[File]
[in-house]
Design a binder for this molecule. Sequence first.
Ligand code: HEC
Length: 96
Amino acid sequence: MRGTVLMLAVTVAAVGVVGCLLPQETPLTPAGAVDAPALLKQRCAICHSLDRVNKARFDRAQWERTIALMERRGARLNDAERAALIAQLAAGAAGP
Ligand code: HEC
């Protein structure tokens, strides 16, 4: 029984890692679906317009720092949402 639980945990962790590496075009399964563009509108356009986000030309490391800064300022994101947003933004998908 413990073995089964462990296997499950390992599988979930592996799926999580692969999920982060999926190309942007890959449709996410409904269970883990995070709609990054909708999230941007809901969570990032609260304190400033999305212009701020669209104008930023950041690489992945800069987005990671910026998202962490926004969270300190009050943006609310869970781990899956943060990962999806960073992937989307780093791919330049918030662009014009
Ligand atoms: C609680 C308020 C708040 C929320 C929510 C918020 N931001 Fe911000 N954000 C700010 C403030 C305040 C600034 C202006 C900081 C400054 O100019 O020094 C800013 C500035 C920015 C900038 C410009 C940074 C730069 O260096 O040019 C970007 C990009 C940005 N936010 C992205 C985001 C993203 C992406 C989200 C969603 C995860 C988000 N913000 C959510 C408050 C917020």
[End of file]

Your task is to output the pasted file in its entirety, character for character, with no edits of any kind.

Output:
[in-house]
Design a binder for this molecule. Sequence first.
Ligand code: HEC
Length: 96
Amino acid sequence: MRGTVLMLAVTVAAVGVVGCLLPQETPLTPAGAVDAPALLKQRCAICHSLDRVNKARFDRAQWERTIALMERRGARLNDAERAALIAQLAAGAAGP
Ligand code: HEC
């Protein structure tokens, strides 16, 4: 029984890692679906317009720092949402 639980945990962790590496075009399964563009509108356009986000030309490391800064300022994101947003933004998908 413990073995089964462990296997499950390992599988979930592996799926999580692969999920982060999926190309942007890959449709996410409904269970883990995070709609990054909708999230941007809901969570990032609260304190400033999305212009701020669209104008930023950041690489992945800069987005990671910026998202962490926004969270300190009050943006609310869970781990899956943060990962999806960073992937989307780093791919330049918030662009014009
Ligand atoms: C609680 C308020 C708040 C929320 C929510 C918020 N931001 Fe911000 N954000 C700010 C403030 C305040 C600034 C202006 C900081 C400054 O100019 O020094 C800013 C500035 C920015 C900038 C410009 C940074 C730069 O260096 O040019 C970007 C990009 C940005 N936010 C992205 C985001 C993203 C992406 C989200 C969603 C995860 C988000 N913000 C959510 C408050 C917020």